“Only a monster can allow himself the luxury of seeing things as they are,” writes E. M. Cioran, the Romanian-born philosopher who has rightly been compared to Samuel Beckett.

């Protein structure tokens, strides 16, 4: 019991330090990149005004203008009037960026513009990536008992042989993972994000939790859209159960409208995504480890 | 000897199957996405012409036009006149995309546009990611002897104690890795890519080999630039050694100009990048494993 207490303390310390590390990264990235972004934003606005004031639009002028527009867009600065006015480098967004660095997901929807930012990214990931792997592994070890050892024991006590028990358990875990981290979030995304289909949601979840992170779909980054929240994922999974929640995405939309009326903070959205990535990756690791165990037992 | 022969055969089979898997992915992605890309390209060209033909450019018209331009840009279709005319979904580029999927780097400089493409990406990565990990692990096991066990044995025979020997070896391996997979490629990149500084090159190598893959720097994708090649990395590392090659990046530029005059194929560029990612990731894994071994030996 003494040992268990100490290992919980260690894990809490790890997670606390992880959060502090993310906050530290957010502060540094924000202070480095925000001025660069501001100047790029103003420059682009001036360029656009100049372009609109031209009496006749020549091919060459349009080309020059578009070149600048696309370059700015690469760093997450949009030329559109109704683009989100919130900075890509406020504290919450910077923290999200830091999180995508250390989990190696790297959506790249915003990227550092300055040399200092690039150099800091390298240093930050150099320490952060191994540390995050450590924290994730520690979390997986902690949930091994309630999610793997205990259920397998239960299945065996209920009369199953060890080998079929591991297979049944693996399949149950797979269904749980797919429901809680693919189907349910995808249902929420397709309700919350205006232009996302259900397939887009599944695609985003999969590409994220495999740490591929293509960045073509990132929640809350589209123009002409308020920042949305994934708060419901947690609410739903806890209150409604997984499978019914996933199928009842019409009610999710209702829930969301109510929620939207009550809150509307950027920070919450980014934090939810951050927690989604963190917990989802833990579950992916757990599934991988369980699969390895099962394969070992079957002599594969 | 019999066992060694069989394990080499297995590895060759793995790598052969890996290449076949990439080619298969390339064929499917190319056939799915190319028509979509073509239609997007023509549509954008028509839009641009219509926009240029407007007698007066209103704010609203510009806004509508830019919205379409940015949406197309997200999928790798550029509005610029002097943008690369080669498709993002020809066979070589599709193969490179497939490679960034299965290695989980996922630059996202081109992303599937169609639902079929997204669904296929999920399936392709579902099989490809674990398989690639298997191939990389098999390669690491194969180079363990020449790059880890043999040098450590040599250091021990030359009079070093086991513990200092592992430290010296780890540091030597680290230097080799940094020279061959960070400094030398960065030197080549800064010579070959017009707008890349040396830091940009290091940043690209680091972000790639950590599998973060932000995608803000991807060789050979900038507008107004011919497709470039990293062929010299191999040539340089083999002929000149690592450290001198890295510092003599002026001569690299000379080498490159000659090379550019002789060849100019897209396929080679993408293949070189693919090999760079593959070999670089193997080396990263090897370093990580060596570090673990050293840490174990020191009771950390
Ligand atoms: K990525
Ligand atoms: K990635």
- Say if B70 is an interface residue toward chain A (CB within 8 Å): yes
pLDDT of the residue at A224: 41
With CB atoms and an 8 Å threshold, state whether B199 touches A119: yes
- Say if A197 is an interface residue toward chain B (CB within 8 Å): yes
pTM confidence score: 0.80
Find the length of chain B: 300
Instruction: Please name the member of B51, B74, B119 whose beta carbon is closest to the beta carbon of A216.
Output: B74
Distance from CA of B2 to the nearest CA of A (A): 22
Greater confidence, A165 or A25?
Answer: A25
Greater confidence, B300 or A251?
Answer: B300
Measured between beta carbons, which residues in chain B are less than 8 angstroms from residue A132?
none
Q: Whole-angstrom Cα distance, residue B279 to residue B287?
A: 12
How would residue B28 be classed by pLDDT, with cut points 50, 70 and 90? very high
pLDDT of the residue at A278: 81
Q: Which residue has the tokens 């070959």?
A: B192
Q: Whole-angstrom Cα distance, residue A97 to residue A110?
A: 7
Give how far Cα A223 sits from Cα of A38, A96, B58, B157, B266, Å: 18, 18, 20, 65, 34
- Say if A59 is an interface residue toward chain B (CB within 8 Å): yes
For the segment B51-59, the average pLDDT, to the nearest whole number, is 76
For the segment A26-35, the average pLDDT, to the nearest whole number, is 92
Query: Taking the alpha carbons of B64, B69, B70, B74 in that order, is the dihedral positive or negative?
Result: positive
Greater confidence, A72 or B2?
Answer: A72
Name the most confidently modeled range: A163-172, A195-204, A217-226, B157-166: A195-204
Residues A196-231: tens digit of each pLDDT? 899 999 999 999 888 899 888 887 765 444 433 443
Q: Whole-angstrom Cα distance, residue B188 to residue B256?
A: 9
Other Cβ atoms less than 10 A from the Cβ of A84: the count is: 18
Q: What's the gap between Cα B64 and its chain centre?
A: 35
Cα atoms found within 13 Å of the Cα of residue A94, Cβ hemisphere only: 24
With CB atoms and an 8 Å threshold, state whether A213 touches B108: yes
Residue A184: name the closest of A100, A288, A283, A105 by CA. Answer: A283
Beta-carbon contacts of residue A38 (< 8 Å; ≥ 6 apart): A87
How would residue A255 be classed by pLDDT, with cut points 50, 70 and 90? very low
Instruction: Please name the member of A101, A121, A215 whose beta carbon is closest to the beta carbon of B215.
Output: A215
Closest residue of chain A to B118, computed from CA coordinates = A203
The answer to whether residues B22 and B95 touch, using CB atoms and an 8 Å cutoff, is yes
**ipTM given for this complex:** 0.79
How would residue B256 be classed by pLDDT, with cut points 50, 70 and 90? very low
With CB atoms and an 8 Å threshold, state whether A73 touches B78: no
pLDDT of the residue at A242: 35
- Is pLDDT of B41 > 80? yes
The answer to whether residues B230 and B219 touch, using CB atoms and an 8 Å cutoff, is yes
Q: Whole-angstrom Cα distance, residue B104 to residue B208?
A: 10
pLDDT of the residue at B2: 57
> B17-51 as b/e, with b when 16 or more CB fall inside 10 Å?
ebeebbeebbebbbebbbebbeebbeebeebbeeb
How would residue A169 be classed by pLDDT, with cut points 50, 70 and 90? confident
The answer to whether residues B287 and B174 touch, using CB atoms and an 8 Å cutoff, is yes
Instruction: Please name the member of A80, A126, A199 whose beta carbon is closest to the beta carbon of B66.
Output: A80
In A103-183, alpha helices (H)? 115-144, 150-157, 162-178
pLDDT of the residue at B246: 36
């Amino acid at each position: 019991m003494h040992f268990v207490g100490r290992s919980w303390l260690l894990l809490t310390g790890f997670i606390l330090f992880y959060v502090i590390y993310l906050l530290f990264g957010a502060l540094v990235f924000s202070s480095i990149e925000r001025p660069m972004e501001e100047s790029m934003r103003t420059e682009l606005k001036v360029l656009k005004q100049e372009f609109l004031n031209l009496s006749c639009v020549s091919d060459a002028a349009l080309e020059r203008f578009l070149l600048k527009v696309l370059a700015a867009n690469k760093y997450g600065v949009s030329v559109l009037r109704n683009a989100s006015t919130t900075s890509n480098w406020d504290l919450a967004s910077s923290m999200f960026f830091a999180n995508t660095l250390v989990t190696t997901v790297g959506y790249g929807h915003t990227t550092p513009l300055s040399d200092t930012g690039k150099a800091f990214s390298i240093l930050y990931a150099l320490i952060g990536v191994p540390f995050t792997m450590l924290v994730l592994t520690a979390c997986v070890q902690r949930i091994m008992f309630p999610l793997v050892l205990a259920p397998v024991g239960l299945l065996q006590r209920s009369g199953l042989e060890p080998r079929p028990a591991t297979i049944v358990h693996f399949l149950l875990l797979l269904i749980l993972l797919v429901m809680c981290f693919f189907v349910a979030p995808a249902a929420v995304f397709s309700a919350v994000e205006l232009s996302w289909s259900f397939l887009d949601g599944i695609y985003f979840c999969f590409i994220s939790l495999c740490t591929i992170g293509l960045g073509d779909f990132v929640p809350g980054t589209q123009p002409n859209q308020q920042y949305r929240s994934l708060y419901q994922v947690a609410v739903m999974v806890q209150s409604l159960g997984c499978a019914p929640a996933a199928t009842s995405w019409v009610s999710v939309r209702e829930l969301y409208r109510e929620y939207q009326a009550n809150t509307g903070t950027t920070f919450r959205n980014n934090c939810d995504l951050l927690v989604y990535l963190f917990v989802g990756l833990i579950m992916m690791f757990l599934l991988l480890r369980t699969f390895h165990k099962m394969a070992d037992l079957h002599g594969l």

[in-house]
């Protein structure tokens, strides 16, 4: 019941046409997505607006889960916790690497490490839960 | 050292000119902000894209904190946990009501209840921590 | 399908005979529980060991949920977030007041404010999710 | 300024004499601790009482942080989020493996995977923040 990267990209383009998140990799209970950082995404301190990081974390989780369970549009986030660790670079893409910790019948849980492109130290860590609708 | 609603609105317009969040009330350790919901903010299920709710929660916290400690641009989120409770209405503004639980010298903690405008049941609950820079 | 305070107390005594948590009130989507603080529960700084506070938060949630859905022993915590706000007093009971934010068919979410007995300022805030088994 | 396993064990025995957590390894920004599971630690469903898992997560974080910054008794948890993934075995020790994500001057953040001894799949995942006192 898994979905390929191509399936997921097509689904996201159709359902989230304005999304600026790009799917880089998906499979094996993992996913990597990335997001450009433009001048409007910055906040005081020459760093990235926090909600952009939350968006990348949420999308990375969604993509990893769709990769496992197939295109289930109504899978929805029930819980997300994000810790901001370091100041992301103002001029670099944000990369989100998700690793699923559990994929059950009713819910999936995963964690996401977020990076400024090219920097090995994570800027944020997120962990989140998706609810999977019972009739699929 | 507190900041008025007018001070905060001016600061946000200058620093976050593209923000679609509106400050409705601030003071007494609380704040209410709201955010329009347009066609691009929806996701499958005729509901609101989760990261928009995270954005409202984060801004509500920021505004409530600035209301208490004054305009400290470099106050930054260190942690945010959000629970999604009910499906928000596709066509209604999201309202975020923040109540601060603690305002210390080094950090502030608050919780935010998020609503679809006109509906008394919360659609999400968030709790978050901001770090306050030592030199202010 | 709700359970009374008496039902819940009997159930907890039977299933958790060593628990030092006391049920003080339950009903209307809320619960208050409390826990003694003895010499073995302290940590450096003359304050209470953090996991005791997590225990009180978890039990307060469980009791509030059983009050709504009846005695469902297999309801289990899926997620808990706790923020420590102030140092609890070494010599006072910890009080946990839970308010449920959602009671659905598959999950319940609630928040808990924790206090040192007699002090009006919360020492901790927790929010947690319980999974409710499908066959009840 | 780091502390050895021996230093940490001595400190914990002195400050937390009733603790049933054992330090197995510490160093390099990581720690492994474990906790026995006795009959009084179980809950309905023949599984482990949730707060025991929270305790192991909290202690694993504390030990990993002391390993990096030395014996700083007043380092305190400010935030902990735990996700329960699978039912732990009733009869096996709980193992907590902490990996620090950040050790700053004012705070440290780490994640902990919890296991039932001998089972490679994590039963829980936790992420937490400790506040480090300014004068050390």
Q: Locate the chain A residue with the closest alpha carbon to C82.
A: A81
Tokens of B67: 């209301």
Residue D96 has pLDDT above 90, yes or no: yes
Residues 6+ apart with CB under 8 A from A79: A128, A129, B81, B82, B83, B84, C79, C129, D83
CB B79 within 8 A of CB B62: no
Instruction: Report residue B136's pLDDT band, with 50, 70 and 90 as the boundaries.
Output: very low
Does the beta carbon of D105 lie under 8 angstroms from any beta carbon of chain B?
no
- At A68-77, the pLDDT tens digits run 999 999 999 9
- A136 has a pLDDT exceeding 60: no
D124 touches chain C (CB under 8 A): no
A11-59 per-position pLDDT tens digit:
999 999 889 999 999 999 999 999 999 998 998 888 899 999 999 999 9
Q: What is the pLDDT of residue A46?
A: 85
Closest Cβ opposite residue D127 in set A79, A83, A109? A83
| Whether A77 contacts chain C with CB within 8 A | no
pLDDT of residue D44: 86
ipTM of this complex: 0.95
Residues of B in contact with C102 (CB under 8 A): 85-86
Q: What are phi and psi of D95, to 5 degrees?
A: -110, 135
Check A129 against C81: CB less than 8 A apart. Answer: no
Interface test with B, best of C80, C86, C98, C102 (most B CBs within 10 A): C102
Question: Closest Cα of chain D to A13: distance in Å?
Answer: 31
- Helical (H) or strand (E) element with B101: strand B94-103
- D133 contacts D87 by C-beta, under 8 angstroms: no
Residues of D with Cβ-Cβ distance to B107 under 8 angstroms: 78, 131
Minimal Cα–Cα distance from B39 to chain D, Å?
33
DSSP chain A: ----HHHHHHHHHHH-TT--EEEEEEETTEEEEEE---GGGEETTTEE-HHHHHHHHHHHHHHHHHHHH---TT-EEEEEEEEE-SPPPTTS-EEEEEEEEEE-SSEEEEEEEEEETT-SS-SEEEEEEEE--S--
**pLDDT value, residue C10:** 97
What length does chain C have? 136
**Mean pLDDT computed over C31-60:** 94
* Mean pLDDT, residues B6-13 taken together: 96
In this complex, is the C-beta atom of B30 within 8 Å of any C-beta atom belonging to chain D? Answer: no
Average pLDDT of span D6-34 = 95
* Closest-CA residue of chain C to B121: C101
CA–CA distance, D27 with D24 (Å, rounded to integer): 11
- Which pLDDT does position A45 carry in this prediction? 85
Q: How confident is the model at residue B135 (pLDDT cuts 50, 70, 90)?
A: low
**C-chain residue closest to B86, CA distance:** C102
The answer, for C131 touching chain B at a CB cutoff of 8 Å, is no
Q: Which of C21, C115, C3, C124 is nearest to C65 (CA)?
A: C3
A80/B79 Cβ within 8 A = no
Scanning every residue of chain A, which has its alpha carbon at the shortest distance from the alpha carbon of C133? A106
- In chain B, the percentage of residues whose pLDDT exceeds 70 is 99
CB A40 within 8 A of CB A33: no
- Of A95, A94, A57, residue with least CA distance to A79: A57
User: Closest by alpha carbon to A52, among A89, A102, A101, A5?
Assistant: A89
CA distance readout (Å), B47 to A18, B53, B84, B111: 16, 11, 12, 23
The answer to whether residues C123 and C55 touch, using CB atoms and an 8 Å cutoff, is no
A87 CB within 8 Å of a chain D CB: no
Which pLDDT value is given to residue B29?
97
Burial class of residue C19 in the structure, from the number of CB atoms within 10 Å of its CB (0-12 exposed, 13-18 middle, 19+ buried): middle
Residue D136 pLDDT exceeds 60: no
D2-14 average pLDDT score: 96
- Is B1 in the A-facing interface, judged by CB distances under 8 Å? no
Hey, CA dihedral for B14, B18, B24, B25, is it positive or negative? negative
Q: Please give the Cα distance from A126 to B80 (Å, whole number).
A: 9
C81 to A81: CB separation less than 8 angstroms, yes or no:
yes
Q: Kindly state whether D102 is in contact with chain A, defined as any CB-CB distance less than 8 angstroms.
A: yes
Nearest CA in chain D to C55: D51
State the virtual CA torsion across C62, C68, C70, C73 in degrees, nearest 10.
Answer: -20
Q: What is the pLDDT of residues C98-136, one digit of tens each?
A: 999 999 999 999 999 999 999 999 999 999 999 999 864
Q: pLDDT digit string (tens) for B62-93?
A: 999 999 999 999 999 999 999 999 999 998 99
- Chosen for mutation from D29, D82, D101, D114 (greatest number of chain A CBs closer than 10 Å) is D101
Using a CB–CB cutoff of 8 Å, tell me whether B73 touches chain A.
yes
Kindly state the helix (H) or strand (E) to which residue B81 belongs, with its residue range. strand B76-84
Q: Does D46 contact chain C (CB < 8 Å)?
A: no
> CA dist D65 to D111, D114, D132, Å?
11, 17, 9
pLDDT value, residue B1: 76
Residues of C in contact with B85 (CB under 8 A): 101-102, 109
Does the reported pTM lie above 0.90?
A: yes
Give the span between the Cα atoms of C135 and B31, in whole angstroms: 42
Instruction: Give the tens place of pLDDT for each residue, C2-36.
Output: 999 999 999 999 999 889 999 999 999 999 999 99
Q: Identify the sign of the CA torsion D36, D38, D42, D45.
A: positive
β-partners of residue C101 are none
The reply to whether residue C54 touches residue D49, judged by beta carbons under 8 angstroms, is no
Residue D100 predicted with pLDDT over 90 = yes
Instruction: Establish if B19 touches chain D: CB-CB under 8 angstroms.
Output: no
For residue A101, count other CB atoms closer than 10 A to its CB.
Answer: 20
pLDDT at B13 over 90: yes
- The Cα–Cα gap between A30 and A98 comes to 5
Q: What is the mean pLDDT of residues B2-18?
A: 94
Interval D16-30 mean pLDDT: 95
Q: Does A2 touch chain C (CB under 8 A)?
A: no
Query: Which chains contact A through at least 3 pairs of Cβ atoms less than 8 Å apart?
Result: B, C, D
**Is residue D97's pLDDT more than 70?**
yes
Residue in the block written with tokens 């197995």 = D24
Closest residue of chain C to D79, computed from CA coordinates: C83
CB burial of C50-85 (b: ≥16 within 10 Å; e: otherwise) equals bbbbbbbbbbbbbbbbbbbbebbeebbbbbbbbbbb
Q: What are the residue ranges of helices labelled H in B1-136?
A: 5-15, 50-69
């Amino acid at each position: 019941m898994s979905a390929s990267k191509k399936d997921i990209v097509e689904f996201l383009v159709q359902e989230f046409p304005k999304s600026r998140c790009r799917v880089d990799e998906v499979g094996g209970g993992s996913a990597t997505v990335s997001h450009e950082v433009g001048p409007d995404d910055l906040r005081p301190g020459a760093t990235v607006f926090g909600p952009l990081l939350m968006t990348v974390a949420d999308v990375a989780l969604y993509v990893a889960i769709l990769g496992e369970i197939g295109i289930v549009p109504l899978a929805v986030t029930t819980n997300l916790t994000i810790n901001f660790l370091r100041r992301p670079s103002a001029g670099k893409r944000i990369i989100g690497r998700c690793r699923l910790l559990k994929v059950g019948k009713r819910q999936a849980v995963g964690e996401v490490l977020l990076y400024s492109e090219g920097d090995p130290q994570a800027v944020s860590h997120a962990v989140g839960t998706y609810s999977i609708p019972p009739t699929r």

In History and Utopia, Cioran the monster writes of politics in its broadest sense, of history, and of the utopian dream. His views are, to say the least, provocative. In one essay he casts a scathing look at democracy, that “festival of mediocrity”; in another he turns his uncompromising gaze on Russia, its history, its evolution, and what he calls “the virtues of liberty.” In the dark shadow of Stalin and Hitler, he writes of tyrants and tyranny with rare lucidity and convincing logic. In “Odyssey of Rancor,” he examines the deep-rooted dream in all of us to “hate our neighbors,” to take immediate and irremediable revenge. And, in the final essay, he analyzes the notion of the “golden age,” the biblical Eden, the utopia of so many poets and thinkers.